Médias audiovisuels, culture et société

samedi, octobre 15, 2005

DVD review : No direction home*

* This article was initially written for the forthcoming Paris Times November issue.

Second time around
No direction home is a BBC coproduced documentary on Bob Dylan's early years. Directed by Martin Scorsese, it was originally a two part program broadcasted at the end of september within the PBS American Masters Series slot. Now available on DVD, the french release is planned on the 4th November.

Following the long awaited Chronicles vol.1 autobiography in 2004, Bob Dylan once again departed from his reclusive attitude and unprecedently opened Martin Scorsese his archives and recent interviews to work with. Though the combination of such cultural key figures is a true wonder, the two of them already met before on film. In 1978, Dylan was featured live in The Last Waltz, a concert movie covering The Band's farewell to the musical scene. Furthermore, Scorsese recently produced The Blues miniseries, even directing one of the seven movies Feel like going home.

No direction home covers the critical 1961-66 period, matching Martin Scorsese's years as a student filmmaker, prior to the release of his first own street wise movie, Who's that knocking at my door. We are told how a juvenile Robert Zimmerman, out of his nowhere town of Hibbing Minnesota, reinvented himself as Bob Dylan and stormed the uprising Greenwich Village folk scene. All the mentor figures he worshipped and met are summoned : Woody Guthrie, Allen Ginsberg, Joan Baez, Johnny Cash, Pete Seeger, Fred Neil, Andy Warhol, D.A. Pennebaker... Some of them were still alive to testify when the first dedicated interviews began.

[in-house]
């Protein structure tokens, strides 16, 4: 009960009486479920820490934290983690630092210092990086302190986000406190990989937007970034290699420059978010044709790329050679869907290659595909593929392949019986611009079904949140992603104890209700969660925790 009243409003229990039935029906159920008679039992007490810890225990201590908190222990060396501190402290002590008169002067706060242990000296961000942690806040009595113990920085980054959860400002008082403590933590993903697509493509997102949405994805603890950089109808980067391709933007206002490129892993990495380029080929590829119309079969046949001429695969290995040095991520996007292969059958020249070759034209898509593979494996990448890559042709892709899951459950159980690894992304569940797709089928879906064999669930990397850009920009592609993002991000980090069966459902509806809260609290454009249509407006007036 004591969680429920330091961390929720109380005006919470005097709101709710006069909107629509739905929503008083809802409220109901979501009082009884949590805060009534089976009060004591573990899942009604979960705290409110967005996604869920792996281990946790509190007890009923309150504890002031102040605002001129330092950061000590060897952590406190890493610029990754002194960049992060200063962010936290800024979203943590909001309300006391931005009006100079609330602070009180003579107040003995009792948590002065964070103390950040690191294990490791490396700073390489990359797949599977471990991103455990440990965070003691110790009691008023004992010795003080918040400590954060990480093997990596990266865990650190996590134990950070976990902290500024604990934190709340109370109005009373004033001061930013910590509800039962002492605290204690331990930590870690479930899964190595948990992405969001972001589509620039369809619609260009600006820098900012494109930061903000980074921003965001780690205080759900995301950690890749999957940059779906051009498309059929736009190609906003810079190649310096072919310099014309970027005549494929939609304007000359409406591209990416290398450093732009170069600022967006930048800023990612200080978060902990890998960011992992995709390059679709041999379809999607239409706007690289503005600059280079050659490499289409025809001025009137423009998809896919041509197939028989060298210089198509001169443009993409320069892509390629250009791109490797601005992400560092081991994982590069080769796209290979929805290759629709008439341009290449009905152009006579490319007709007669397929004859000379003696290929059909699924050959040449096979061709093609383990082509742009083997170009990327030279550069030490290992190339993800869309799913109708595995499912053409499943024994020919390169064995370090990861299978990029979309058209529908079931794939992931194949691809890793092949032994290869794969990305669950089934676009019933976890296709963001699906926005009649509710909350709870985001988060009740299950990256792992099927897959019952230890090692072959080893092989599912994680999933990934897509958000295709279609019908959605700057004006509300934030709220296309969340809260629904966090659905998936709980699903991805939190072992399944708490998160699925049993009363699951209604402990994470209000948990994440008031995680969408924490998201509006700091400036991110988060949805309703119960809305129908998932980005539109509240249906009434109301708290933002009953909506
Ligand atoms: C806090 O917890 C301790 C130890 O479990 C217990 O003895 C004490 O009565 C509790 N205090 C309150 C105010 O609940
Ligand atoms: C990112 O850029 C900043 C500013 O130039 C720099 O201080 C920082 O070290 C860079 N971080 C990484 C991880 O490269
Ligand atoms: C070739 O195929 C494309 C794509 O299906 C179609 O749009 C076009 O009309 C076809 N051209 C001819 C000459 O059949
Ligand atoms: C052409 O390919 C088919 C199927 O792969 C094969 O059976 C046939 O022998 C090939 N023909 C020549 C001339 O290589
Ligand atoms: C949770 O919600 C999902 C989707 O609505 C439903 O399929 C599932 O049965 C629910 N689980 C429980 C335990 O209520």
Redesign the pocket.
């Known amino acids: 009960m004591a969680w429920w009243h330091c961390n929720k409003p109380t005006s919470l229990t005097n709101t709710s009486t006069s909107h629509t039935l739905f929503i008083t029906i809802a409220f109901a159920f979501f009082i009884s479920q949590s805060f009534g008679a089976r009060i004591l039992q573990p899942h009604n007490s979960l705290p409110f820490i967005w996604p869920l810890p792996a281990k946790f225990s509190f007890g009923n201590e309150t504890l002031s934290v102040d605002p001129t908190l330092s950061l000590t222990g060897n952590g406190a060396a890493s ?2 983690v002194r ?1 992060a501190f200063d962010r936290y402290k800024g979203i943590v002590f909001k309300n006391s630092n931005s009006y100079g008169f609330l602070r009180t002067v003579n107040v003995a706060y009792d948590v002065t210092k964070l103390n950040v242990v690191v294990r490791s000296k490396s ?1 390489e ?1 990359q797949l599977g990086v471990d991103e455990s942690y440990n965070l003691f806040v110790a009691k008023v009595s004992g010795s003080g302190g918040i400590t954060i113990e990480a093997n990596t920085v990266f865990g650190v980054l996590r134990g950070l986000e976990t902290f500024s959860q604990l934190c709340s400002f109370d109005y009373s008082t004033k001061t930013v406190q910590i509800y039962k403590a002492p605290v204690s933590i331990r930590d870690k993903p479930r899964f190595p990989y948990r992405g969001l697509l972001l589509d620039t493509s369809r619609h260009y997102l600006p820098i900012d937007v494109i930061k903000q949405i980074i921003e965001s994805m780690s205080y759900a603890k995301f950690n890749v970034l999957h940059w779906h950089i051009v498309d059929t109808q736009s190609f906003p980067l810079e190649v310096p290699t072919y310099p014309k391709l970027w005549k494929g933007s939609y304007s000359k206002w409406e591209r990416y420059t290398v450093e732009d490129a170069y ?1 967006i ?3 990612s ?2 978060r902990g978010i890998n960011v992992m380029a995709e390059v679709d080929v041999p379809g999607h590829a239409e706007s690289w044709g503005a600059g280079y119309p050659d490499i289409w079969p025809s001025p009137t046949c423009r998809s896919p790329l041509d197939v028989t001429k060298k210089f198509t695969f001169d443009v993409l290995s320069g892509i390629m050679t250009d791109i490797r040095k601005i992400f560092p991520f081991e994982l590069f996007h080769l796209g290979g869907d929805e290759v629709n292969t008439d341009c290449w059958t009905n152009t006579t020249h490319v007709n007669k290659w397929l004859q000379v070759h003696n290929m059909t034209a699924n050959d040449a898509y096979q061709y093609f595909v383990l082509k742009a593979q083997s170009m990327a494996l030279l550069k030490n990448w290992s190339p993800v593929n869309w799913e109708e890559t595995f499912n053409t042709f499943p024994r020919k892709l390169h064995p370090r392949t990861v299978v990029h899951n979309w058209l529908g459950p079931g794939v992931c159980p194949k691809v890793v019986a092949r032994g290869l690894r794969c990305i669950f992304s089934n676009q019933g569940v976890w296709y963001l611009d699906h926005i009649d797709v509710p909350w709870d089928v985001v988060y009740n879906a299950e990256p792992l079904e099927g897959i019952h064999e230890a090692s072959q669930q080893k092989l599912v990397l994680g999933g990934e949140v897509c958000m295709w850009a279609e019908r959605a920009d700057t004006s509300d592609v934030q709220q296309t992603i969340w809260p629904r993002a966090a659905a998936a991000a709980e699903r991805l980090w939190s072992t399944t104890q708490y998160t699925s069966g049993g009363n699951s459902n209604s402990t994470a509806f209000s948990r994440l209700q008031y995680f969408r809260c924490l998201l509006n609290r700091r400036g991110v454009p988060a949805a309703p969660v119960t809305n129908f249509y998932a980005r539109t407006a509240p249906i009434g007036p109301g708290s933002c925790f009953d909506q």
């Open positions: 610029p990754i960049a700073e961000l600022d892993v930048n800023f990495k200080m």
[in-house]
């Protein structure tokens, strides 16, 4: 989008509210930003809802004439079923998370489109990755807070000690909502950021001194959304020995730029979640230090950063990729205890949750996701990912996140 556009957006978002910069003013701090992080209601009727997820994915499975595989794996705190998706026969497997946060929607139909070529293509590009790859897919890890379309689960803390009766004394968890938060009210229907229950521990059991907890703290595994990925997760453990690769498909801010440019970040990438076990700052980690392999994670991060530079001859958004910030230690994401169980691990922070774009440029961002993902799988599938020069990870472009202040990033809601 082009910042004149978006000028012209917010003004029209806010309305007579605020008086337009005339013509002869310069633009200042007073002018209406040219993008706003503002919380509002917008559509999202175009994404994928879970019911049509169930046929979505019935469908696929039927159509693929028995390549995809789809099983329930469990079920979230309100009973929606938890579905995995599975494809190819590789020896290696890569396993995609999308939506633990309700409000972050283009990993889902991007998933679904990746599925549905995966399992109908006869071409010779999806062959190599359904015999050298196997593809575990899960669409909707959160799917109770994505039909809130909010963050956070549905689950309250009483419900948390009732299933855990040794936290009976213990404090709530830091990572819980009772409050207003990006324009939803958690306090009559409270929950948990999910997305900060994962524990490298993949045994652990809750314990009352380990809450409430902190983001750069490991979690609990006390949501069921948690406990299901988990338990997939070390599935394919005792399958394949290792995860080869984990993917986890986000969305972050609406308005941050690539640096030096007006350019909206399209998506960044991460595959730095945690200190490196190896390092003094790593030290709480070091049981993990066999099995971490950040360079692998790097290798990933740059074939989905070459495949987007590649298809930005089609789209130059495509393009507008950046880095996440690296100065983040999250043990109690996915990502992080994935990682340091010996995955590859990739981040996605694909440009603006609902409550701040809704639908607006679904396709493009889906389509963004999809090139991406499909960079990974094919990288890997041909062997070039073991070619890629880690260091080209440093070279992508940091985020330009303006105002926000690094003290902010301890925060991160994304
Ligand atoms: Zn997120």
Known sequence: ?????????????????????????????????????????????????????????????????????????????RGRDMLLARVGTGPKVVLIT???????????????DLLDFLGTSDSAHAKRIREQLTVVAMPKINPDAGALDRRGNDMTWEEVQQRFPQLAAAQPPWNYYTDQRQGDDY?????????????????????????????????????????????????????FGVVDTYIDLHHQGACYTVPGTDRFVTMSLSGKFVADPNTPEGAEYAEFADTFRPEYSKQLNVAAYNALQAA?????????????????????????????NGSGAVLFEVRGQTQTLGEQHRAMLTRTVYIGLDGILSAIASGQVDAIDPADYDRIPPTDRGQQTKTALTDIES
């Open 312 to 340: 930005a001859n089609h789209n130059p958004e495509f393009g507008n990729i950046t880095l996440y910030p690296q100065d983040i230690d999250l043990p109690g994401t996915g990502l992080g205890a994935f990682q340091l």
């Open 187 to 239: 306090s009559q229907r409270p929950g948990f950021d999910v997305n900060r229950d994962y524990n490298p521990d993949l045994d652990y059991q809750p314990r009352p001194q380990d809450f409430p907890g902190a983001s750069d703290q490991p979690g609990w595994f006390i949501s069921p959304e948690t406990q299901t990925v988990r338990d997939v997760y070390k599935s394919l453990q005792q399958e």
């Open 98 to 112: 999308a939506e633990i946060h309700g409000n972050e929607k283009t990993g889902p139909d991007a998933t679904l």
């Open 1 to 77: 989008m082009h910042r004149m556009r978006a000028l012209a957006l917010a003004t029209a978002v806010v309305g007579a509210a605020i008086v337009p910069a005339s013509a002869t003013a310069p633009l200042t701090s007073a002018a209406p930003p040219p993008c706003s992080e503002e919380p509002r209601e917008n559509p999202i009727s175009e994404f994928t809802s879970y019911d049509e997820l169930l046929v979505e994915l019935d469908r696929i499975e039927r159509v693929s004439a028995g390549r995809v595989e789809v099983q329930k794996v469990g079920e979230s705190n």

"Contempory ideas, traditional form"
Blowin in the wind, Like a rolling stone, A Hard rain's gonna fall... : as usual, Martin Scorsese, makes a great use of the great given music material to portray the origins, the meaning and the history making live interpretations of these songs. Here, the young poet is credited for having embraced and expressed the sociopolitical changes of his era, the Civil rights movement, the assassination of JFK, the Vietnam war, the demonstrations, the Beat generation, the drugs... And at the same time, we get to learn how individualist he was, how embarrassed he was to be quoted as the "Voice of his generation". As Martin Scorsese recalls, reading a Civil rights ceremony declaration the singer made in 63 : "There's no left and right to me anymore. There's only up and down. And I am tryin to go up without thinkin about (...) politics". Dylan was bold to the point of going electric, a gesture received as a betrayal from the folk crowd, with people calling him "traitor" or "Judas !" during his 66 English tour.

Essential viewing
A few stylistic exceptions aside, Martin Scorsese's approach doesn't show off with the subject. He delivers instead a solid documentary with an incredible care put into choosing and editing the material, comprising previously unseen documents like photographs, movie sketches, news footage, 40 years old articles, interviews, concert performances... It's four hours long, quite demanding, but very rewarding. With so much given context and care, his music truly demonstrates its inspirational power. Whether you are a Dylan addict, or simply interested in cinema or music, it's essential viewing.

Sylvain Thuret